what do i make of my face / except

Wo Chan

that it is on meand its physicality )though not me( is how i've been addressedm  y  w  h  o  l  e  b  o  r  i  n  g  l  i  f  ewhen i was ninei watched aladdin and thought, after moneyi wish for whiteness*i didn't even have all my teeth—or vocabulary,just two birchwood hands trying to catch the basketballmy brother hurled at my facewheni was nineteen my ( face )erupted / in nodular cyststhe bleeding jupiter kindof sulphuric condensatesand an alien registration.i had it alla family, some second-hand sweatpants,a genderwhose every sentence beganwheniwasaboyi looked like my mothernow, more like Father, Baba, dadam a full yard of ironywaiting for lightning to lick me back ~oncei was on a gay date (just once)and a hunched-over woman slipped me a white notei thought it said "JESUS"but instead“mario badescu”the skincare brand i would sell months laterwhen i learned to smother the errataof hormonal bludgeoningsto the surface—other children saw derm-atologists at the sight of a curly pubewhile my own motherwheniwasaboy waited until her gallbladder explodedto get her gallstones removed.i watched her dimpled assblow in the wind of the hospital hallwayas she learned to walk againand i slept in her bed and fedher plain contraband congeei am still talking about facesthe dented, fraxeled, mole-scarred and trenched onesi took a pill many times that induced apoptosis“cell death”i could barely afford 4 months ofmy lips peeling like WWII wallpaperthe sex i was not supposed to havedid not happen anywaysas a nude-myself i am cratered irreversiblyso whymust i explain the thoughts i've hadon the things i never got to decidethey happened to me ) happen all the time& i changed         i learned i could keep changingi must to keep myself

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Wo Chan who performs as The Illustrious Pearl is a poet and drag artist. They are a winner of the Nightboat Poetry Prize and the author of Togetherness (2022). Wo has received fellowships from MacDowell, New York Foundation of the Arts, Kundiman, The Asian American Writers Workshop, Poets House, and Lambda Literary. Their poems appear in POETRY, WUSSY, Mass Review, No Tokens, The Margins, and elsewhere. As a member of the Brooklyn-based drag/burlesque collective Switch N’ Play, Wo has performed at venues including The Whitney Museum of American Art, National Sawdust, New York Live Arts, and the Architectural Digest Expo. Find them at @theillustriouspearl.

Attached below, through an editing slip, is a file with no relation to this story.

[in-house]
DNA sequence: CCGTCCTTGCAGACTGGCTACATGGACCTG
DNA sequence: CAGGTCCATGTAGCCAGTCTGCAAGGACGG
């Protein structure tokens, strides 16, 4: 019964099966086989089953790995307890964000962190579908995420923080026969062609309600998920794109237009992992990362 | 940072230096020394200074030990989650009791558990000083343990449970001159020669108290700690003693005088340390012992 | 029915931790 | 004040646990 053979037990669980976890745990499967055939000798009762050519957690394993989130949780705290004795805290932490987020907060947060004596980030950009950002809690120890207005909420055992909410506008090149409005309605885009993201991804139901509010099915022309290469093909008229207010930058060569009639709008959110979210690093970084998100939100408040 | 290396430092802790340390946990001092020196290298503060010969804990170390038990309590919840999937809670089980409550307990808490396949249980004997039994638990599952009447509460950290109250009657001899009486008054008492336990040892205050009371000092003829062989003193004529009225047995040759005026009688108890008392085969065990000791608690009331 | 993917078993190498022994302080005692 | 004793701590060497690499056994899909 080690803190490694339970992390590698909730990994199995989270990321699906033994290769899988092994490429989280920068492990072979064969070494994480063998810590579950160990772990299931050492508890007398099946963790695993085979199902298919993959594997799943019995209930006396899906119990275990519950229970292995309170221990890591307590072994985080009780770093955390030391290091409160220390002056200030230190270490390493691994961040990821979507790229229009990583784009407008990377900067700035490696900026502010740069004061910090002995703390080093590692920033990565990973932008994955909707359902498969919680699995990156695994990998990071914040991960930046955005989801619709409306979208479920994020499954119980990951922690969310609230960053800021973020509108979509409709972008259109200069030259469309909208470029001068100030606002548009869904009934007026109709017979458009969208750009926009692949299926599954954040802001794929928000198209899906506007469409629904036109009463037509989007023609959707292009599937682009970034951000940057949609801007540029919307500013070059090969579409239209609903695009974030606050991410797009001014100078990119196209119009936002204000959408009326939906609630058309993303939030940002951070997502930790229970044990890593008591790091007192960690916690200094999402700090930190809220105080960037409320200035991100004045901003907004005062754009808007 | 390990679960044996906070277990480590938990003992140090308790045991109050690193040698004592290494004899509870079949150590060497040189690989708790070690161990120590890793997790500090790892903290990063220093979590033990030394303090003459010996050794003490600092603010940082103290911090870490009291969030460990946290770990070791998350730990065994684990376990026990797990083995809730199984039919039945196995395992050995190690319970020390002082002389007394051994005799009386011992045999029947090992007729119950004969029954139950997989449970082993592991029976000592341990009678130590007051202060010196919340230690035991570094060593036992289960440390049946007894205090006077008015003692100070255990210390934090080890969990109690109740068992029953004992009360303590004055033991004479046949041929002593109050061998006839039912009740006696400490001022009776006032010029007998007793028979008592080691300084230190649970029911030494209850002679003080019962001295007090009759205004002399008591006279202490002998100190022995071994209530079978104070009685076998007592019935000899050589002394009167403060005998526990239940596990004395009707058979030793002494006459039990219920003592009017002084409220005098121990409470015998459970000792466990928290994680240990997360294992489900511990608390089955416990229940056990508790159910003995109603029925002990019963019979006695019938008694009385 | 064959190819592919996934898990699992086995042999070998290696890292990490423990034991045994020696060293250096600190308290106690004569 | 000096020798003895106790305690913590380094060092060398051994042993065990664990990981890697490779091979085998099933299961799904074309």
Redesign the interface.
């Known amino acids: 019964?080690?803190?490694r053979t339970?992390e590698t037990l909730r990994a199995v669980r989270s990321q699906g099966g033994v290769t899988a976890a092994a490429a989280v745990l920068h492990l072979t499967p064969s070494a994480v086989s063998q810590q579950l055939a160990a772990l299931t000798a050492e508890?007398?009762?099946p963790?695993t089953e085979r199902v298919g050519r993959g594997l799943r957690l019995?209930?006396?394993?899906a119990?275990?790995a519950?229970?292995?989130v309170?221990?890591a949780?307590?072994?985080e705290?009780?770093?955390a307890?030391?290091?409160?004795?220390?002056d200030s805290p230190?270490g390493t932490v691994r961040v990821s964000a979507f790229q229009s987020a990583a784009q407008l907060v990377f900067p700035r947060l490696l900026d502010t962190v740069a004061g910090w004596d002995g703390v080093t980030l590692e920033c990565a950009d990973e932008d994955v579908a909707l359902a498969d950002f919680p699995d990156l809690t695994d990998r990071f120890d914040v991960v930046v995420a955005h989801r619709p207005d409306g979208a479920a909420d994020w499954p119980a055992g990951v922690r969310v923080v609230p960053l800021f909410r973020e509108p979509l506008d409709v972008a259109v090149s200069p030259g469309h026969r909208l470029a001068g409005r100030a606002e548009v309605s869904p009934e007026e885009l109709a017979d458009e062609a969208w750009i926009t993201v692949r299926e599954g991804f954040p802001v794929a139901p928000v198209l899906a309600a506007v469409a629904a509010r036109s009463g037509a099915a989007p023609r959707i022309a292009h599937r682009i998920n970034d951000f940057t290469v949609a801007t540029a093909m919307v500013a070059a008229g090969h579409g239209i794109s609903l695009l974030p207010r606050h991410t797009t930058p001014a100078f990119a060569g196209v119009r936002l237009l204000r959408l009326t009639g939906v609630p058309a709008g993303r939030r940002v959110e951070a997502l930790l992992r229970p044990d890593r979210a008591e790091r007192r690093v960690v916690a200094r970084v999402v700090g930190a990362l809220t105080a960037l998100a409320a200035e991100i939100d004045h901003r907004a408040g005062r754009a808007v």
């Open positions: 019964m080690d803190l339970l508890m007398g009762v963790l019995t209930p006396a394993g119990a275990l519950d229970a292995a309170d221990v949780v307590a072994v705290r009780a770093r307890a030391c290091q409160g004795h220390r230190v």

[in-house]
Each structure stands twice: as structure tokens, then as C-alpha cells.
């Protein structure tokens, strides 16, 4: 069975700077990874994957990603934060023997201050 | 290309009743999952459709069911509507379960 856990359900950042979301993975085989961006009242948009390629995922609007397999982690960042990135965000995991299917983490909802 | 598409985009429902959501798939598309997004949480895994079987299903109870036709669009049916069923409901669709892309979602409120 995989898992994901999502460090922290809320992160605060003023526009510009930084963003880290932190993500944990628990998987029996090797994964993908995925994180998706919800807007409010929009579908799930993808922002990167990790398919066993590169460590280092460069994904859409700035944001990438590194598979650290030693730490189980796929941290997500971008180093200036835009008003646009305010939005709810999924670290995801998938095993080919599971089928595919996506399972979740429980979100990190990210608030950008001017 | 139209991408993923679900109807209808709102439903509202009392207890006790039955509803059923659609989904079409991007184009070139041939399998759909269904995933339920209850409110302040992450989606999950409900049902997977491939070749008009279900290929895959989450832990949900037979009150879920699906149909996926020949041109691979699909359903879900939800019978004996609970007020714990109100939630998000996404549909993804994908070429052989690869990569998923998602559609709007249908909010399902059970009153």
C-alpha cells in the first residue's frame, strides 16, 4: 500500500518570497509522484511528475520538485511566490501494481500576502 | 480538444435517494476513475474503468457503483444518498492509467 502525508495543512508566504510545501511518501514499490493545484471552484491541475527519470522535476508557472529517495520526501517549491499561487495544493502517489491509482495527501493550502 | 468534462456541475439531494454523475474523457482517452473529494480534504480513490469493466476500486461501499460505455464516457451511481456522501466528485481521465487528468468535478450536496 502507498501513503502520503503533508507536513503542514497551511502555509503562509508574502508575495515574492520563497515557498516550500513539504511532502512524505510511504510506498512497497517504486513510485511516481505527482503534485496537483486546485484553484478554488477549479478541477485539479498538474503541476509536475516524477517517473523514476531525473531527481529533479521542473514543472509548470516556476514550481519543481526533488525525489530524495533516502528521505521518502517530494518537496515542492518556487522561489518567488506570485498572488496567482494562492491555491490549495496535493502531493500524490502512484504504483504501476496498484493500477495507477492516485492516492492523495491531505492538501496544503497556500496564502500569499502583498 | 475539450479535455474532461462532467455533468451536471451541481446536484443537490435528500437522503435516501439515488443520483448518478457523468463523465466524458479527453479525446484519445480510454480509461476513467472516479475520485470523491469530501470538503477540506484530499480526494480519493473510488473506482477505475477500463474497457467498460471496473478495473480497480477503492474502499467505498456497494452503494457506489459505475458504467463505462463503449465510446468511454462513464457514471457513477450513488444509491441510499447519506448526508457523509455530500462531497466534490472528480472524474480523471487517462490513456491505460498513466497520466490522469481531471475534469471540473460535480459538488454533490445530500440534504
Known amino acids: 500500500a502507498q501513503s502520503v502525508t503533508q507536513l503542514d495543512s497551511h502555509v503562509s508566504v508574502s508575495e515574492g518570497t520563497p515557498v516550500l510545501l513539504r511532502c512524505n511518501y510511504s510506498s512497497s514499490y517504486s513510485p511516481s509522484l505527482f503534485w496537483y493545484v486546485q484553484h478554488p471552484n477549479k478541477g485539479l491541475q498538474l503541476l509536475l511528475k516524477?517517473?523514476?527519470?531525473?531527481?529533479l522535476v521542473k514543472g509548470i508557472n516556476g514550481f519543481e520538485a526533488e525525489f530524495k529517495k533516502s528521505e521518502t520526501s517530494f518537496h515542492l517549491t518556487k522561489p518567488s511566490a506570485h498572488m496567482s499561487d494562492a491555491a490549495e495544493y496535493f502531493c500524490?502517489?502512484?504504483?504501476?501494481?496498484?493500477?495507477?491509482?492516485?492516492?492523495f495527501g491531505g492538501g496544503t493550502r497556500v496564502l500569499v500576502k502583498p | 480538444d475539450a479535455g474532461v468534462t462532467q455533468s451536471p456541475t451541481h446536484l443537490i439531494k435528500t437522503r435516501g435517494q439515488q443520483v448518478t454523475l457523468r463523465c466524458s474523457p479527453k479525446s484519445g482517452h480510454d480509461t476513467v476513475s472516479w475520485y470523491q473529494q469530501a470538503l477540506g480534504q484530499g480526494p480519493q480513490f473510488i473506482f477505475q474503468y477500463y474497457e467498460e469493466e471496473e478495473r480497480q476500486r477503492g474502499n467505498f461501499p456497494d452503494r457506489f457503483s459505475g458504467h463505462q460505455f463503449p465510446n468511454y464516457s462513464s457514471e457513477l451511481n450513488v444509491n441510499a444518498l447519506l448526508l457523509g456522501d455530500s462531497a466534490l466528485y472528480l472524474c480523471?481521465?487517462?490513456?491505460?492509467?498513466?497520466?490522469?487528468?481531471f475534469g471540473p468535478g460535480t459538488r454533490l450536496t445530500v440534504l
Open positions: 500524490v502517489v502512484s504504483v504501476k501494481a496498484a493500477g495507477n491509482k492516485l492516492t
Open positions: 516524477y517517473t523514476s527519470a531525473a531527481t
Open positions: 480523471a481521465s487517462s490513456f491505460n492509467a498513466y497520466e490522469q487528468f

Cover of Togetherness

New York, New York

"Wo Chan’s debut hurtles past any praise I can heap on it. Acutely aware of the cruelty of the nation-state and of the exhilarating splendor of drag, Chan’s language—razor sharp, captivating—refuses to demure, to clarify. A wide range of formal approaches and a structure that’s sheer genius troubles assumptions, disrupts notions of 'togetherness.' I will be teaching this book."
— Eduardo C. Corral

"It’s no easy feat to tell the truth, nakedly (or at least in a rhinestoned nude illusion)… and Wo does it with so much style, humor, and emotion that it always breaks your heart (and heals it all over again.) Get ready to sob, laugh hysterically, nod knowingly, stop in your tracks and go back and reread it from the start! Give it up for the unparalleled gift that is Wo Chan!"
— Sasha Velour

"Every poem is a mouthful of meat, music and memory. These poems are vulnerable and resilient, fluid and focused. A versatile and verbal poetics—an inimitable Wo Channess anchors these narratives of personal, cultural, and sexual survival. It is possible to live (on poetry) in a country that tries to kill you. The evidence is in every Wo Chan poem."
— Terrance A. Hayes

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